Applebaum is a member of the Institute for War and Peace Reporting's International Board of Directors.[32]

Personal life

Applebaum married former Polish Foreign Minister Radosław Sikorski in 1992. They have two sons: Aleksander and Tadeusz.[33]

Applebaum became a Polish citizen in 2013.[34]

Awards and honors

Published works

  • Between East and West: Across the Borderlands of Europe, Pantheon Books,1994, ISBN 0-679-42150-5 and Random House, 1995, ISBN 0-517-15906-6
  • Gulag: A History, Doubleday, 2003, 677 pages, ISBN 0-7679-0056-1; paperback, Bantam Dell, 2004, 736 pages, ISBN 1-4000-3409-4
  • Iron Curtain: The Crushing of Eastern Europe, 1944–1956, Allen Lane, 2012, 614 pages, ISBN 978-0-713-99868-9 / Doubleday ISBN 978-0-385-51569-6


  1. ^ "WEDDINGS; Anne Applebaum, Radek Sikorski". The New York Times. June 28, 1992. 
  2. ^ Petrone, Justine. "Interview with Anne Applebaum". City Paper. BALTIC NEWS LTD. Retrieved 2009-10-03. 
  3. ^ "Anne Applebaum". Contemporary Authors Online (updated November 30, 2005. ed.).   Reproduced in Biography Resource Center.
  4. ^ Applebaum, Anne (March 28, 2010). "I almost became the first lady of Poland". Retrieved January 28, 2012. 
  5. ^
  6. ^ "Anne E. Applebaum to Wed in June".  
  7. ^ "Anne Applebaum". The Washington Post. Retrieved 2009-10-03. 
  8. ^ "Anne Applebaum biography". The Washington Post Company. Retrieved January 28, 2012. 
  9. ^ a b "From concentration camps to cotton". Idaho Mountain express and guide. Express publishing inc. March 25, 2005. Retrieved 2009-10-03. 
  10. ^ The Known World' Wins Pulitzer Prize for Fiction"'".  
  11. ^ "The 2004 Pulitzer Prize Winners General Nonfiction". Archived from the original on October 2, 2009. Retrieved 2009-10-03. 
  12. ^
  13. ^ Applebaum, Anne (2 July 2003). "Why the reds flagged". The Telegraph. Retrieved 28 September 2015. 
  14. ^ Video of interview with Anne Applebaum, in Polish, streaming video available from TVN [2]
  15. ^ Video on YouTube
  16. ^ So Long, Washington (for Now) by Anne Applebaum, The Washington Post, 2006-05-24. Retrieved 2008-04-23
  17. ^ "Participants of the International Bertelsmann Forum 2006". Retrieved January 28, 2012. 
  18. ^ Leonard, Brooke (May 8, 2008). "Turning Abkhazia into a War".  
  19. ^ Anne Applebaum, September 27, 2009, The Outrageous Arrest of Roman Polanski. Retrieved on 2009-10-06.
  20. ^ a b Anne Applebaum, September 29, 2009, Reaction to Roman Polanski. Retrieved 2009-10-06.
  21. ^ Glenn Greenwald "Post editors should read their own columnists"., October 1, 2009. Retrieved on October 6, 2009.
  22. ^ Katha Pollitt wrote that Applebaum "overlooks the true nature of the crime (drugs, forced anal sex, etc)". Katha Pollitt, "What's with these friends of a rapist?". Chicago Tribune, October 2, 2009. Retrieved October 6, 2009
  23. ^ Ron Radosh, "Can We Still Trust Anne Applebaum? Her Irrational Defense of Polanski". Pajamas Media, October 2, 2009. Retrieved on October 6, 2006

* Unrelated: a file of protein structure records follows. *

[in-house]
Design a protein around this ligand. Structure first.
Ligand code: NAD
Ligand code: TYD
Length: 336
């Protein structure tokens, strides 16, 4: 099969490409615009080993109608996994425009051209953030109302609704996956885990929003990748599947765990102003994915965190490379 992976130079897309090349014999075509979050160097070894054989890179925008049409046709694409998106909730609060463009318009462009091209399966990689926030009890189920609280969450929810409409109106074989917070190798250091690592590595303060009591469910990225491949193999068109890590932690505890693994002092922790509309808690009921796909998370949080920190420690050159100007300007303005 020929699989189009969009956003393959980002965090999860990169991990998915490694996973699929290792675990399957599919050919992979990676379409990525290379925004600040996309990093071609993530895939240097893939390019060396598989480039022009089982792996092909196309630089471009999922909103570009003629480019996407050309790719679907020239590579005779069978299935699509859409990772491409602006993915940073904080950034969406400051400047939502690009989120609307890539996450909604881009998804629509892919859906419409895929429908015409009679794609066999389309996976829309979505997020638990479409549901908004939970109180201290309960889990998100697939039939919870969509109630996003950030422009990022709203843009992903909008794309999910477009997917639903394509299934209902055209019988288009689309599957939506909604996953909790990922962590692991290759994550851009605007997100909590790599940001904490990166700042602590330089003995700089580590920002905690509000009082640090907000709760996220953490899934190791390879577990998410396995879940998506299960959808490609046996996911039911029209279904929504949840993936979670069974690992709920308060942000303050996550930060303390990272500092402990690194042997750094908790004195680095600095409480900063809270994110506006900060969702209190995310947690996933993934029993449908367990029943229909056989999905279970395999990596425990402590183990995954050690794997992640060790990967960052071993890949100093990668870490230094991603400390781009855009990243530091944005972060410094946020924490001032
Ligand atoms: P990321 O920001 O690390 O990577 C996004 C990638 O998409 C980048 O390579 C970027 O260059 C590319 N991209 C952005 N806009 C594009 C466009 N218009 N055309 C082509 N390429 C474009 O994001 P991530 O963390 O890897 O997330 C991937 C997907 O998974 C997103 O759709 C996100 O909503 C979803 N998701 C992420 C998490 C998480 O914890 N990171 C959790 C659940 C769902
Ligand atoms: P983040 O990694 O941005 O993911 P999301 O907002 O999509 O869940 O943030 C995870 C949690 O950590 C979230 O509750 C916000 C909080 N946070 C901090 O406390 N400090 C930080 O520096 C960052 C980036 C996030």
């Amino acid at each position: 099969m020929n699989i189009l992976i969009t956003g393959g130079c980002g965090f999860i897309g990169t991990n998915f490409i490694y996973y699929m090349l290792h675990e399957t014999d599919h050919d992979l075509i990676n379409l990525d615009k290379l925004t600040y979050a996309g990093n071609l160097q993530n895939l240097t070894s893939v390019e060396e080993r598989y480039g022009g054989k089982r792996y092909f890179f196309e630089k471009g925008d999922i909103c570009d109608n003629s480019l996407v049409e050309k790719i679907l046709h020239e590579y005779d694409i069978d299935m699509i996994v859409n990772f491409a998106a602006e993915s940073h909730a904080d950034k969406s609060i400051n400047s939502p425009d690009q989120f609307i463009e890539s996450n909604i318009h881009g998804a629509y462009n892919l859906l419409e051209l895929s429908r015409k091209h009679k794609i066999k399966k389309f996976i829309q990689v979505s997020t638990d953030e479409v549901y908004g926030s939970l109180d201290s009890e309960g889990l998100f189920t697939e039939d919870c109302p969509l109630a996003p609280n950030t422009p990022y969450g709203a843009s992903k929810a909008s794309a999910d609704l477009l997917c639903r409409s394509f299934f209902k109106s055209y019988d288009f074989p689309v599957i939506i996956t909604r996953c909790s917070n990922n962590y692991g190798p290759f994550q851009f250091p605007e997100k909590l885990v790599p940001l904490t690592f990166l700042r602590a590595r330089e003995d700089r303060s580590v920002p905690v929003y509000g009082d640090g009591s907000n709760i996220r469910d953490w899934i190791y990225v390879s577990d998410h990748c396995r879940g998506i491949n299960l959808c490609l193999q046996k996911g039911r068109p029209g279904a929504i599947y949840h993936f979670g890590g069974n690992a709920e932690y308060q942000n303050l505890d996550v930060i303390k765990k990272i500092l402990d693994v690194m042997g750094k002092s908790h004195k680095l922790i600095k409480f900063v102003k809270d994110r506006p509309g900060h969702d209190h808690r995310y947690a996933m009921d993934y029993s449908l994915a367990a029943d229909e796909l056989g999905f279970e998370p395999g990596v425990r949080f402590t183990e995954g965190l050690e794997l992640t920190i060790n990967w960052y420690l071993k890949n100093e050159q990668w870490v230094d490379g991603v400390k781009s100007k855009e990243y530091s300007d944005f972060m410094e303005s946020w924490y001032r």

24. ^ Jillian York, The Huffington Post', October 1, 2009, Anne Applebaum, Child Rape Apologist?. Retrieved 2009-10-06.
  25. ^ Kate Harding, September 28, 2009,, Reminder: Roman Polanski Raped a Child. Retrieved 2009-10-06.
  26. ^ President Ilves participated in the celebration of Poland's 90th anniversary, Office of the president of Estonia, November 11, 2008 
  27. ^ "Anne Applebaum Receives Petőfi Prize". US Embassy,Budapest, Hungary. December 14, 2010. Retrieved January 28, 2012. 
  28. ^ "The pictures from Kiev don't tell the whole story" 21 Feb 2014
  29. ^ "Russia's Western enablers" March 5, 2014
  30. ^ "Russia’s information warriors are on the march – we must respond" 7 Mar 2014
  31. ^ Applebaum, Anne (29 August 2014). "War in Europe". Slate. Retrieved 1 September 2014. 
  32. ^ "". Institute for War and Peace Reporting. Retrieved 18 June 2015. 
  33. ^ "Minister of Foreign Affairs Radosław Sikorski". Ministry of Foreign Affairs of the Republic of Poland. April 23, 2008. Archived from the original on April 11, 2008. Retrieved 2008-04-23. Radosław Sikorski is married to journalist and writer Anne Sikorska, who won the 2004 Pulitzer prize for her book "Gulag: A History". They have two sons: Aleksander and Tadeusz. 
  34. ^ "Anne Applebaum. Żona Radosława Sikorskiego to dziś jedna z najbardziej wpływowych Polek". Times of Polska. 2013-08-31. Retrieved 2013-08-31. Anne Applebaum jest już pełnoprawną Polką. 
  35. ^ "The Pulitzer Prizes General Nonfiction".  
  36. ^ "National Book Award Finalists Announced Today".  
  37. ^ Press Release (21 November 2013). "Ann Applebaum wins 2013 Cundill Prize". McGill University. Retrieved 24 December 2013. 

Further reading

External links

  • Official website
  • Anne Applebaum on Twitter
  • Gulag: A History2005 Pulitzer Prize citation for
  • "Anne Applebaum, Opinion Writer" The Washington Post
  • Appearances on C-SPAN
    • , May 25, 2003Gulag interview with Applebaum on Booknotes
  • Putinism: the ideology on YouTube – 1:20 lecture by Anne Applebaum spoken in London School of Economics and Political Science (LSE), recorded on Monday 28 January 2013.